The RUSA Publishing Toolkit, a new professional tool designed to assist librarians who offer publishing services, collects links to (mostly) free online resources that cover how to offer education and instruction, content development and editorial, design and production, and marketing and dissemination services.
Loren Klein Author Archive
Loren works as Head Library Assistant in a small, suburban public library in New Jersey. They are professionally interested in technology, marketing, and web design, and personally interested in science fiction, space exploration, and medicine.
The EL program seeks to develop leadership skills in new professionals. Each year, fifty library school students and professionals working in the field for fewer than five years are chosen to participate in leadership seminars, networking events, and work groups that span the Midwinter and Annual meetings. These activities lend insight into the structure and workings of ALA and offer a fast track to serving on committees within the organization. Truly the heart of the program is the work teams formed to complete projects devised by the divisions. Catering to a variety of interests, these projects allow participants to develop new skills and contribute to the profession on a meaningful way.
Providing equal access to all library patrons is an essential component of every library’s mandate. In fact, the ALA Mission Statement asserts that librarians must “ensure access to information for all.” With that in mind, the ALA Task Force on Equity, Diversity, and Inclusion hosted a workshop at ALA Midwinter on how librarians can become more aware of and even work against systemic racism: “If I Hadn’t Believed It, I Wouldn’t Have Seen It: Exploring Systemic Racism and Its Implications for Our Lives and Work.”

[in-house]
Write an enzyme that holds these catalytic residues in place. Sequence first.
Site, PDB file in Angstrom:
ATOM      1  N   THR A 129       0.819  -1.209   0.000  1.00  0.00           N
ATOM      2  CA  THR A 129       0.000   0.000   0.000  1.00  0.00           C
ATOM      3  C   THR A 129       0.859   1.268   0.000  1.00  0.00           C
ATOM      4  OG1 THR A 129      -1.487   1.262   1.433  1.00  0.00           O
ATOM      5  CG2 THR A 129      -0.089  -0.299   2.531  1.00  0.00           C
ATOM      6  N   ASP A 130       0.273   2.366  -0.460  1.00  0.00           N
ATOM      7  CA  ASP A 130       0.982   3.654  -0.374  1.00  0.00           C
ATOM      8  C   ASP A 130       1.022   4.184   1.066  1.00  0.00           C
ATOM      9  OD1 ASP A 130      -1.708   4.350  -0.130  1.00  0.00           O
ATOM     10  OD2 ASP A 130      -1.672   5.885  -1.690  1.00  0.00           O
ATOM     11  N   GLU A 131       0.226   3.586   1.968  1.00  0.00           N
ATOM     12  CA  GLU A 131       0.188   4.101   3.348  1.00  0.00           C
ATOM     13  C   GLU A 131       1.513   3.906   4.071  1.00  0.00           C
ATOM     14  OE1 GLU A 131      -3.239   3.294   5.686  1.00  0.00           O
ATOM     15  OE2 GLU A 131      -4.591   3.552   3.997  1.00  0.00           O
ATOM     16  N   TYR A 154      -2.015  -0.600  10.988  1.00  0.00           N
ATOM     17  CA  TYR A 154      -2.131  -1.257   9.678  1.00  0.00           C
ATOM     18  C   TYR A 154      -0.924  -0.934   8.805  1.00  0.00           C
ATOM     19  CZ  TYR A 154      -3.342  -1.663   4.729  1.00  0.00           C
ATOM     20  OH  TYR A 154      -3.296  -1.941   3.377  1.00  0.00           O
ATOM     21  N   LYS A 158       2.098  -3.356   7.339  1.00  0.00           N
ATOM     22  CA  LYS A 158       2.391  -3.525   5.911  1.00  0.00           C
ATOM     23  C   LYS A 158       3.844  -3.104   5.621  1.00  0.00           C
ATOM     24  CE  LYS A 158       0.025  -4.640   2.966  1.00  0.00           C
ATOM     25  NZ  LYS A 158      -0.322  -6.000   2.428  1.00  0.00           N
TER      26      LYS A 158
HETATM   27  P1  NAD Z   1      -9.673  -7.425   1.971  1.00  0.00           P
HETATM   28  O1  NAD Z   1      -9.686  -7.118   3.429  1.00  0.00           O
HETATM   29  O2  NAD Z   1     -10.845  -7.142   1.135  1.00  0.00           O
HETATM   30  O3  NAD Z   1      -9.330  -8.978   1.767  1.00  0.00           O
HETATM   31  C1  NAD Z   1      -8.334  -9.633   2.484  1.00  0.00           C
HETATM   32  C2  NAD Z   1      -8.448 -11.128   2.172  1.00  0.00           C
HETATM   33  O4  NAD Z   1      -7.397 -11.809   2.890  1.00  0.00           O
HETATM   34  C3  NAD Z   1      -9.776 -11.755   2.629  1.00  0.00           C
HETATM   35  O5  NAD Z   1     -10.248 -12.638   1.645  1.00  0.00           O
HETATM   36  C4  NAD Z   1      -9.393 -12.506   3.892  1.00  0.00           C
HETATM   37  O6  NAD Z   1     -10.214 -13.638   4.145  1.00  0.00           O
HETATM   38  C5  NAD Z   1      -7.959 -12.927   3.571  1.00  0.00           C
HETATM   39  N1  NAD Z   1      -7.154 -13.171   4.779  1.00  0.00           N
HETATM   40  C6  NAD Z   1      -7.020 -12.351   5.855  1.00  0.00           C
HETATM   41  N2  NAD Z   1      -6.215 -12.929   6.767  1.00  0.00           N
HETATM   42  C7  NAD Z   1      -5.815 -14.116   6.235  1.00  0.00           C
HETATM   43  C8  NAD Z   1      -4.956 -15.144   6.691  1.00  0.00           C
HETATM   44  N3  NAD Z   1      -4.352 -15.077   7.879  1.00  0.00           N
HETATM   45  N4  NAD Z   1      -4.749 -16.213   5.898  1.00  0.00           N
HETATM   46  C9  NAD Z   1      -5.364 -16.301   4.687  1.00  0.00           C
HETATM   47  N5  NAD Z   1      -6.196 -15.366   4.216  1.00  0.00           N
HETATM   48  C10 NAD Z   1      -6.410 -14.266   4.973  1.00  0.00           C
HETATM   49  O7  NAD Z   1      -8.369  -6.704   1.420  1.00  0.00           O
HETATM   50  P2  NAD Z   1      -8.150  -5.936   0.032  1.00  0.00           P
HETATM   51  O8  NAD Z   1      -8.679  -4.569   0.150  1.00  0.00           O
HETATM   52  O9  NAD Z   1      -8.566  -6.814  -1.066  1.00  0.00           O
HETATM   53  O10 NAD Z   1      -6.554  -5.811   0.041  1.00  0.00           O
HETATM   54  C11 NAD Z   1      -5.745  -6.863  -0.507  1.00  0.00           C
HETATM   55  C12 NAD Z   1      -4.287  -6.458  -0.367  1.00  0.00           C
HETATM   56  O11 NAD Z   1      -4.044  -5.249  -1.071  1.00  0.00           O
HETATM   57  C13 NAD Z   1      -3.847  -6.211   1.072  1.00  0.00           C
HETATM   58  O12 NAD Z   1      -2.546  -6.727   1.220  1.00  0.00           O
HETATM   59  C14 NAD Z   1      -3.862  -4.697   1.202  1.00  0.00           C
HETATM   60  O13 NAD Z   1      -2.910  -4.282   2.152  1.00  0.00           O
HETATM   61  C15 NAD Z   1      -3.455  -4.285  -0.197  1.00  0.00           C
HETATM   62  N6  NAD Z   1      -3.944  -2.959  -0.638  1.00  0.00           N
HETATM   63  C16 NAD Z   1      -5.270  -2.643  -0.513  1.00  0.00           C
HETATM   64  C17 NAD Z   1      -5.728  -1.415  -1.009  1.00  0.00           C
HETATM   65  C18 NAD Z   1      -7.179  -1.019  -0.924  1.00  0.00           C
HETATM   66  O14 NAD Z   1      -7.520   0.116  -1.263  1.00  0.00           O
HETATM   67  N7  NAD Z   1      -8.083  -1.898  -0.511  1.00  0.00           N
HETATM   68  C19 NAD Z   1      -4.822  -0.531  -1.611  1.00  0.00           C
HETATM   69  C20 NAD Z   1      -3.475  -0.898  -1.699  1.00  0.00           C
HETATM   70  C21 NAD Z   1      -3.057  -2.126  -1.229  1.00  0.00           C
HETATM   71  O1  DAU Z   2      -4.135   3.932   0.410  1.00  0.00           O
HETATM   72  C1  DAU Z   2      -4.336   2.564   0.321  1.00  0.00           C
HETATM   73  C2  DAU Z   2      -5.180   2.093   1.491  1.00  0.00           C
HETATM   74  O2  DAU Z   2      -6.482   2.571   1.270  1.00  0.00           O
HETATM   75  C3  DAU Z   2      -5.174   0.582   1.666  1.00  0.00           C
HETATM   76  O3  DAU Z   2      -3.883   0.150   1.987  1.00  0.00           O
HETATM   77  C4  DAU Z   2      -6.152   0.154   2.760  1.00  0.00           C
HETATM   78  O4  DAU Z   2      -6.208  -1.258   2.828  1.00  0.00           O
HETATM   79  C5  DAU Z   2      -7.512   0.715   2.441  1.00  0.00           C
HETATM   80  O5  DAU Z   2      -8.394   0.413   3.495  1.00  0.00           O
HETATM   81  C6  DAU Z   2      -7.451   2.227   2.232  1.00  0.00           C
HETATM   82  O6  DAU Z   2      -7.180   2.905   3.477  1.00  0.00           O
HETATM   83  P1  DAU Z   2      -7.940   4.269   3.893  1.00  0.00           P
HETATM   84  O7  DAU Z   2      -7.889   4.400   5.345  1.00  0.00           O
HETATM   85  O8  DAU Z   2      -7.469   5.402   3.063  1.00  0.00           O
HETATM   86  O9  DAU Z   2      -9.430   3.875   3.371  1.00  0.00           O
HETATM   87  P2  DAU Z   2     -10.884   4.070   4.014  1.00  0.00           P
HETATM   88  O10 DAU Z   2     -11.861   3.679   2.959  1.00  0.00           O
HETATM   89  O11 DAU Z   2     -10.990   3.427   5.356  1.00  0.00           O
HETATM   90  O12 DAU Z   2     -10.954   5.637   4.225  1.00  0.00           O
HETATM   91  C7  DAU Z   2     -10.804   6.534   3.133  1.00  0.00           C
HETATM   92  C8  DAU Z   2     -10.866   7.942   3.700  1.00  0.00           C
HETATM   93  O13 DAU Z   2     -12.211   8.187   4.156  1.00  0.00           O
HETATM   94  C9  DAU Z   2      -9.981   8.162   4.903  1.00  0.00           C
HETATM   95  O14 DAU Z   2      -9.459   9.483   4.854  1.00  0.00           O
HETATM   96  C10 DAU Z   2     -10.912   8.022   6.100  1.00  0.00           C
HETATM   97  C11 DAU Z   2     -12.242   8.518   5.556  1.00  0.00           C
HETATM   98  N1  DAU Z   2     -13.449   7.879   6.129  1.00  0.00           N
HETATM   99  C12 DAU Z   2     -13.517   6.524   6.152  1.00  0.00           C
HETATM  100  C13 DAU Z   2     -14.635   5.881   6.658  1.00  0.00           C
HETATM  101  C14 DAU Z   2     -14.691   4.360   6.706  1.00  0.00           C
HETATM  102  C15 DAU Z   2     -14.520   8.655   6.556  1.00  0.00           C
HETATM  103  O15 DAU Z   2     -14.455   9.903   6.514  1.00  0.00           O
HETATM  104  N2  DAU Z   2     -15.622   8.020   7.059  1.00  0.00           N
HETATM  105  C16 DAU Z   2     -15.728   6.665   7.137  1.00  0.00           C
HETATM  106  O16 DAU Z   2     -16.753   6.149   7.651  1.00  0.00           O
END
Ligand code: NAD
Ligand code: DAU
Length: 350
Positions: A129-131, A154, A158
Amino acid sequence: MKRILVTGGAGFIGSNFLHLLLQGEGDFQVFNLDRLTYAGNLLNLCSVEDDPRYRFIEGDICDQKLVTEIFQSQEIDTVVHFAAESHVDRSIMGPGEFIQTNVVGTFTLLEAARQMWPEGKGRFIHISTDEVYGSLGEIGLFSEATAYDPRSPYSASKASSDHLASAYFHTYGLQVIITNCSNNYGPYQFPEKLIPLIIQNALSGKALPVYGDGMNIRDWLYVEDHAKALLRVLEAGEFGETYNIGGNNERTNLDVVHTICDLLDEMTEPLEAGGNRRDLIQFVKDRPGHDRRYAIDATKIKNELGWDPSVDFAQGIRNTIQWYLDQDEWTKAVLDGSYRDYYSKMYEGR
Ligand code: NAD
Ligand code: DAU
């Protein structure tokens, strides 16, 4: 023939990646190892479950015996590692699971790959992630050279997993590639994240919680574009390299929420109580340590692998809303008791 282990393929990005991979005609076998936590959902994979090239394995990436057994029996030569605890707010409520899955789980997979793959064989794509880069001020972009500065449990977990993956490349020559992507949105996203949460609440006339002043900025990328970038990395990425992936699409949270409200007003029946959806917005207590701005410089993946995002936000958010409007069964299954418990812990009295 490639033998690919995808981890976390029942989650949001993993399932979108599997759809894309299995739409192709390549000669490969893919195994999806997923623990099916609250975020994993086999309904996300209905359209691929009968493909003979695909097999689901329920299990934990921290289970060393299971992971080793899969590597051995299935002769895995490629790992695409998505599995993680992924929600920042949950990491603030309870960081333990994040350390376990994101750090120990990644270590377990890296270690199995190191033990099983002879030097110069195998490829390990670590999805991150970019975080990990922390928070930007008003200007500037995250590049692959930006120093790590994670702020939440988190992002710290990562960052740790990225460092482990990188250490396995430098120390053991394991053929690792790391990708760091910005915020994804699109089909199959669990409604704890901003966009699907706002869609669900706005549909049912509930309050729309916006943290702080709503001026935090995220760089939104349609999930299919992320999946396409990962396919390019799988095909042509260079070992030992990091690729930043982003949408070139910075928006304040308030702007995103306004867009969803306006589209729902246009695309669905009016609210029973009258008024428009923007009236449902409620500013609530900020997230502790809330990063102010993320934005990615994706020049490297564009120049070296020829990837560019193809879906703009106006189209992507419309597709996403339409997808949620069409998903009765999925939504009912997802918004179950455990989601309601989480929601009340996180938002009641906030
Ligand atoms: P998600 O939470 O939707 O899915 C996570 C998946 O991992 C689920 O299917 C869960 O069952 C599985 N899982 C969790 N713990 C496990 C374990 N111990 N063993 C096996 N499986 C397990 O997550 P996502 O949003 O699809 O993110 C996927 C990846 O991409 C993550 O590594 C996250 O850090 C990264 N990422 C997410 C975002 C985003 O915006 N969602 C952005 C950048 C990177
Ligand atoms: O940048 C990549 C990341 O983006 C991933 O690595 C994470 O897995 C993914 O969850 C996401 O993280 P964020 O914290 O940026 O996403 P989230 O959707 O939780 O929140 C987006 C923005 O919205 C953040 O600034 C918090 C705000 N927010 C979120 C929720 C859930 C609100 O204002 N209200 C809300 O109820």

There’s an explosion of library related art happening in Toronto. Local artists, inspired by the now 100 branch library system, created love letters to the library through art. Then, via the power of social media, the library took notice. Two projects that are getting international attention are the Toronto Library Passport and an adult coloring book featuring library buildings called All The Libraries Toronto.
Adult coloring is an inexpensive and easy program to host. The budget is scalable, the materials reusable, and word of mouth enthusiasm is easily generated with this on-trend program idea.
The traditional approach to reader’s advisory interviews presupposes that the patron is already a reader. However, when a patron doesn’t know, or can’t describe, what they like, try this unconventional question: what is your favorite TV show?
What would you do if an employee requested to use a service animal at work? The Manatee County Public Library System in Florida learned firsthand how to handle the situation when long time library staffer Terri Simon requested to bring her service dog, Mister, to work. Simon, who has a hearing impairment, relies on Mister to alert her to sounds of which she would otherwise be unaware. At work, this means notification beeps from the computer, patrons speaking to her when her back is turned, and other important sounds. These noises prompt Mister to rub against Simon’s leg to indicate there is something that needs her attention. Simon knew a service dog would improve her work performance, but it also brought novel challenges for the library.
Webinars are a convenient, often free way to engage in professional development. Here are five sources for free webinars designed to help you learn about emerging trends and acquire new skills.
What can libraries learn about customer service and reader’s advisory from record stores? Enhance the library experience through a passionate, knowledgeable staff and a creative, playful approach to reader’s advisory.
There’s big news for tiny libraries. LibraryThing, the social book cataloging site, announced the launch of a new OPAC called TinyCat. Designed for small collections of less than 10,000 items, TinyCat is perfect for cataloging and circulating the collections of religious institutions, schools, community centers, and academic departments. Built on the user-friendly LibraryThing backend, TinyCat is a low cost, low skill way to offer library-like services.
Contests in the library can be an easy, high return way to collect anecdotes about library use from the community. This information can be used to influence decision-makers by putting a relatable face on usage data.